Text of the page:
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History of the slave trade can help to combat injustice - UN

Remembering the universal demand for freedom that led to the 1791 insurrection by slaves in what is now Haiti, the head of the United Nations cultural and educational agency today marked the International Day for the Remembrance of the Slave Trade and its Abolition by underscoring the importance of teaching this history to young people.

“We are counting on the teaching of this history to place tomorrow's citizens on the path to peace and dignity,” said Irina Bokova, in a message to mark the Day, which is observed annually on 23 August.

Ms. Bokova is the Director-General of UN Educational, Scientific and Cultural Organization (UNESCO), which has played a leading role within the UN system in fostering understanding and recognition of the slave trade.

[ testimonial author="Irina Bokova" title="Director General of UNESCO" avatar="../images/2017/bokovasm.png" icon="icon" ] “Everyone must know the scale of the crime of the slave trade, the millions of lives broken and the impact on the fate of continents up to this very day. Everyone must be fully informed of the struggle that led to its abolition, so that together we can build societies that are fairer, and thus freer,” [ /testimonial ]

She pointed to modern slavery and human trafficking, as well as ongoing social injustices, racism and racial discrimination, and said the legacy of the 1791 insurrection offer hope to eradicating those scourges.

To honour the history of the slave trade and its abolition, UNESCO earlier this year added to its World Heritage List the Mbanza Kongo, Vestiges of the Capital of the former Kingdom of Kongo (Angola) and the Valongo Wharf Archaeological Site (Brazil), as an acknowledgement of their “outstanding universal value.”

The Slave Route project, established in 1994, consists of creating opportunities to promote mutual understanding and international reconciliation and stability through consultation and discussion. It also raises awareness, promotes debate and helps build consensus on approaches to be taken on addressing the issue of the slave trade and slavery.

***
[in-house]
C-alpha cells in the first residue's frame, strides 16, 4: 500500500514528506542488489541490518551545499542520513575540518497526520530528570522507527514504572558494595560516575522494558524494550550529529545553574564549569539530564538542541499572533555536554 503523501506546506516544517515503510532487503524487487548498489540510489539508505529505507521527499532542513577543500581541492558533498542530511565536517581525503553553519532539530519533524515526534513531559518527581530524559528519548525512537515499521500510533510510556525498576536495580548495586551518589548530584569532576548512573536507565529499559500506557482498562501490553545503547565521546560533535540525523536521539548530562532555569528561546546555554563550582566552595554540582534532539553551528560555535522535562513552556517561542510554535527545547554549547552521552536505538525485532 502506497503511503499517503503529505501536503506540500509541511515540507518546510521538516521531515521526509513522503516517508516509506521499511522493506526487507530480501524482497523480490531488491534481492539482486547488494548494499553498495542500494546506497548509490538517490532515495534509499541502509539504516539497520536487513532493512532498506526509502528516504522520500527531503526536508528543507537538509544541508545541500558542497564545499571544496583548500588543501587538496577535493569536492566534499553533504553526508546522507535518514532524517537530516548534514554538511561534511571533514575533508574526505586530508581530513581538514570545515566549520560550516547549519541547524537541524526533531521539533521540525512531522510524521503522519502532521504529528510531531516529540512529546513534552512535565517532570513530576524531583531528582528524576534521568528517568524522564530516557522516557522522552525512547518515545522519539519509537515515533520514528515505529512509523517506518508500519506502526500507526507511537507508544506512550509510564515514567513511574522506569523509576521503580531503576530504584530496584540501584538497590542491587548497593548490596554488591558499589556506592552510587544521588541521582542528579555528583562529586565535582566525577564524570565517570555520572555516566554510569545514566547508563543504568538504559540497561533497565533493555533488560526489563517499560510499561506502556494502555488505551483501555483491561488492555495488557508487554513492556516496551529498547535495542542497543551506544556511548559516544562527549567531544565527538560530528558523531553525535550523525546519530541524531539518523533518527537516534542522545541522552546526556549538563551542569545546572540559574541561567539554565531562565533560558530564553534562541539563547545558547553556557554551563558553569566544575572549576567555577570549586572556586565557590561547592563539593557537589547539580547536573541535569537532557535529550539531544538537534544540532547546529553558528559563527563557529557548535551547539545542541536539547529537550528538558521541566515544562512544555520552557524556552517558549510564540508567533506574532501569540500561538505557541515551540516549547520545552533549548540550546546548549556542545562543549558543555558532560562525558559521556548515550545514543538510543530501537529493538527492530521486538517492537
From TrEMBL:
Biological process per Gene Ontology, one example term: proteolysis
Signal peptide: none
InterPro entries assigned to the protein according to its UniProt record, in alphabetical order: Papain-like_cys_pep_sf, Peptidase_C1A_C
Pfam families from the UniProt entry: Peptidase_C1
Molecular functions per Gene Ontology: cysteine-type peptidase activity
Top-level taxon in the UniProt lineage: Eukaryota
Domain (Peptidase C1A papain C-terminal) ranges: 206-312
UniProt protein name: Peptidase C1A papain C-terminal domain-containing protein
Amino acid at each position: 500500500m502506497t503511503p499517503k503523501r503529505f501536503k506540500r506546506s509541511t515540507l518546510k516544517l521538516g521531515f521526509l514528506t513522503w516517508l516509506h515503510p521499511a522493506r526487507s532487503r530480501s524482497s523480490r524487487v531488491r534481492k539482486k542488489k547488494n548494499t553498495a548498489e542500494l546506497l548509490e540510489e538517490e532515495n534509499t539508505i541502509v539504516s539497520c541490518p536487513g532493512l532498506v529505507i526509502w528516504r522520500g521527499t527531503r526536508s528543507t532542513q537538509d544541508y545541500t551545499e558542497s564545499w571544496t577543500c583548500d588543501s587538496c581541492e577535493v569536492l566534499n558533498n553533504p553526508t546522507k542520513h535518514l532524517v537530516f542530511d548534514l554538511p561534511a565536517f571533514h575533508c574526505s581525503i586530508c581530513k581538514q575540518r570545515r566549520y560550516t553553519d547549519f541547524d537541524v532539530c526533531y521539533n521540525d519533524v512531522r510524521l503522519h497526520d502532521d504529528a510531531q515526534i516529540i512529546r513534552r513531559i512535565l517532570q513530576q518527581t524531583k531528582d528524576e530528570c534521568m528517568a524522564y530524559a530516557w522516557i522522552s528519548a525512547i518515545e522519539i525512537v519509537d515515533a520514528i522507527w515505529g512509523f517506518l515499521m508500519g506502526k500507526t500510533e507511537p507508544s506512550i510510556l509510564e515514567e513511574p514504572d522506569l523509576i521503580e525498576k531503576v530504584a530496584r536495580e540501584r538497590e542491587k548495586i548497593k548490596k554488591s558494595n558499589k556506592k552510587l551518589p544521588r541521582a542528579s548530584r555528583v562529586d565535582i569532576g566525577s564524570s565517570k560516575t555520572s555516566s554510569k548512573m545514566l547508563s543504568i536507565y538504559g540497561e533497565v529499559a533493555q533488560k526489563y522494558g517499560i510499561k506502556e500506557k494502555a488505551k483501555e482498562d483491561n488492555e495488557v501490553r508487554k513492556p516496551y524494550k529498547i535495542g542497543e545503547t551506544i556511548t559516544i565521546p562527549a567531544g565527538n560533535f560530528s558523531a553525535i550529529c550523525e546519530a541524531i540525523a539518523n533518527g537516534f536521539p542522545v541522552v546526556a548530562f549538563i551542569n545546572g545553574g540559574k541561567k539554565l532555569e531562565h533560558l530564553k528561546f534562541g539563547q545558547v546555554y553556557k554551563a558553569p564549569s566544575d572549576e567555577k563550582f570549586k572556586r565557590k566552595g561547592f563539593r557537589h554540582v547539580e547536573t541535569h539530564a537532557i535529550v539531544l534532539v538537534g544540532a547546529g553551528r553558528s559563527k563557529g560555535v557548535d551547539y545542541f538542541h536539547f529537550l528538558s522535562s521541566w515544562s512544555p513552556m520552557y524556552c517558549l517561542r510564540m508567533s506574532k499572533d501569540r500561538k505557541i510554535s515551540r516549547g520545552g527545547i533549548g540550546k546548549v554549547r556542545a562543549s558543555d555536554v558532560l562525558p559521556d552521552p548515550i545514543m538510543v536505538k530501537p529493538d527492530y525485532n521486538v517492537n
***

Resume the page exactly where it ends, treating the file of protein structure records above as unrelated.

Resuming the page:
This year, the International Day for the Remembrance of the Slave Trade and its Abolition is also part of the International Decade for People of African Descent, which began in 2015, and seeks to help boost political commitments in favour of people of African descent.

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Jamaica, New York and Liberia schools connect to remember the victims of the slave trade

12 May 2017 - The United Nations Department of Public Information (DPI) partnered with the United Nations Educational, Scientific and Cultural Organization (UNESCO) Associated Schools Project Network (ASPnet) and Links, Inc. to organize its ninth annual Remember Slavery Global Student Videoconference on 12 May.  At  9:30 a.m. the event will linked high school students at United Nations Headquarters in New York to their counterparts in Kingston, Jamaica, and Monrovia, Liberia.  The 2017 theme is “Remember Slavery:  Recognizing the Legacy and Contributions of People of African Descent”.

Students had the opportunity to learn about the specific consequences of the Transatlantic Slave Trade, in particular the ways in which enslaved Africans and their descendants influenced and continue to shape societies around the world, including in the areas of technology and culture.  They also discussed the persistent spirit and innovation of the people in communities affected by the Transatlantic Slave Trade.

Richard Benjamin, Head of the International Slavery Museum in Liverpool, United Kingdom gave a expert presentation on Black achievement which was followed by presentations from students on their research on Black achievers leading up to the conference. Soré Agbaje, a graduate of Urban Word NYC, an organization that provides free literary arts education and youth development programmes to teenagers across New York City delivered a spoken word performance. Special guest speakers included José Luis Fialho Rocha, Permanent Representative of Cabo Verde to the United Nations, and Pennelope Althea Beckles, Permanent Representative of Trinidad and Tobago.